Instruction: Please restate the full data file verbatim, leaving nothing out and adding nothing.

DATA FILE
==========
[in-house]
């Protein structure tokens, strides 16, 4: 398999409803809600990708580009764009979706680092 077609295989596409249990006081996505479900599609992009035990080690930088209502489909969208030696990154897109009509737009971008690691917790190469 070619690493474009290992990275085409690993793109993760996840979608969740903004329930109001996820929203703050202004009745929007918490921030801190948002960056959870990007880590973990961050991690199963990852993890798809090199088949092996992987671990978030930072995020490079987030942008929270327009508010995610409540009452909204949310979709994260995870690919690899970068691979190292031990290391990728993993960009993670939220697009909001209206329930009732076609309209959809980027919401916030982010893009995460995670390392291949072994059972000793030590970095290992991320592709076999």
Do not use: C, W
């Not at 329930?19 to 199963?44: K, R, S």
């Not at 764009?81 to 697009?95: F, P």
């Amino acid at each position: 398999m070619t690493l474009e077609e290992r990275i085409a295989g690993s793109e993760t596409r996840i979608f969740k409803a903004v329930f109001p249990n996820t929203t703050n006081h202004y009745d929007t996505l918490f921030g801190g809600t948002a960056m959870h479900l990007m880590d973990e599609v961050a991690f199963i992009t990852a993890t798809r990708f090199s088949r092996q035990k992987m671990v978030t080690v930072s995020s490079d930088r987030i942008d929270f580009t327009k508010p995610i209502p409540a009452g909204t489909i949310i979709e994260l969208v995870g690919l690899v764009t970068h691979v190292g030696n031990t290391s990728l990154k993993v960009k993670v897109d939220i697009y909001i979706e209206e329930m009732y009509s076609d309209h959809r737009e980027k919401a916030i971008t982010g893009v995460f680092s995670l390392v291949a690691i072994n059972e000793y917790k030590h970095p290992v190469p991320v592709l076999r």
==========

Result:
[in-house]
């Protein structure tokens, strides 16, 4: 398999409803809600990708580009764009979706680092 077609295989596409249990006081996505479900599609992009035990080690930088209502489909969208030696990154897109009509737009971008690691917790190469 070619690493474009290992990275085409690993793109993760996840979608969740903004329930109001996820929203703050202004009745929007918490921030801190948002960056959870990007880590973990961050991690199963990852993890798809090199088949092996992987671990978030930072995020490079987030942008929270327009508010995610409540009452909204949310979709994260995870690919690899970068691979190292031990290391990728993993960009993670939220697009909001209206329930009732076609309209959809980027919401916030982010893009995460995670390392291949072994059972000793030590970095290992991320592709076999």
Do not use: C, W
């Not at 329930?19 to 199963?44: K, R, S």
């Not at 764009?81 to 697009?95: F, P």
């Amino acid at each position: 398999m070619t690493l474009e077609e290992r990275i085409a295989g690993s793109e993760t596409r996840i979608f969740k409803a903004v329930f109001p249990n996820t929203t703050n006081h202004y009745d929007t996505l918490f921030g801190g809600t948002a960056m959870h479900l990007m880590d973990e599609v961050a991690f199963i992009t990852a993890t798809r990708f090199s088949r092996q035990k992987m671990v978030t080690v930072s995020s490079d930088r987030i942008d929270f580009t327009k508010p995610i209502p409540a009452g909204t489909i949310i979709e994260l969208v995870g690919l690899v764009t970068h691979v190292g030696n031990t290391s990728l990154k993993v960009k993670v897109d939220i697009y909001i979706e209206e329930m009732y009509s076609d309209h959809r737009e980027k919401a916030i971008t982010g893009v995460f680092s995670l390392v291949a690691i072994n059972e000793y917790k030590h970095p290992v190469p991320v592709l076999r």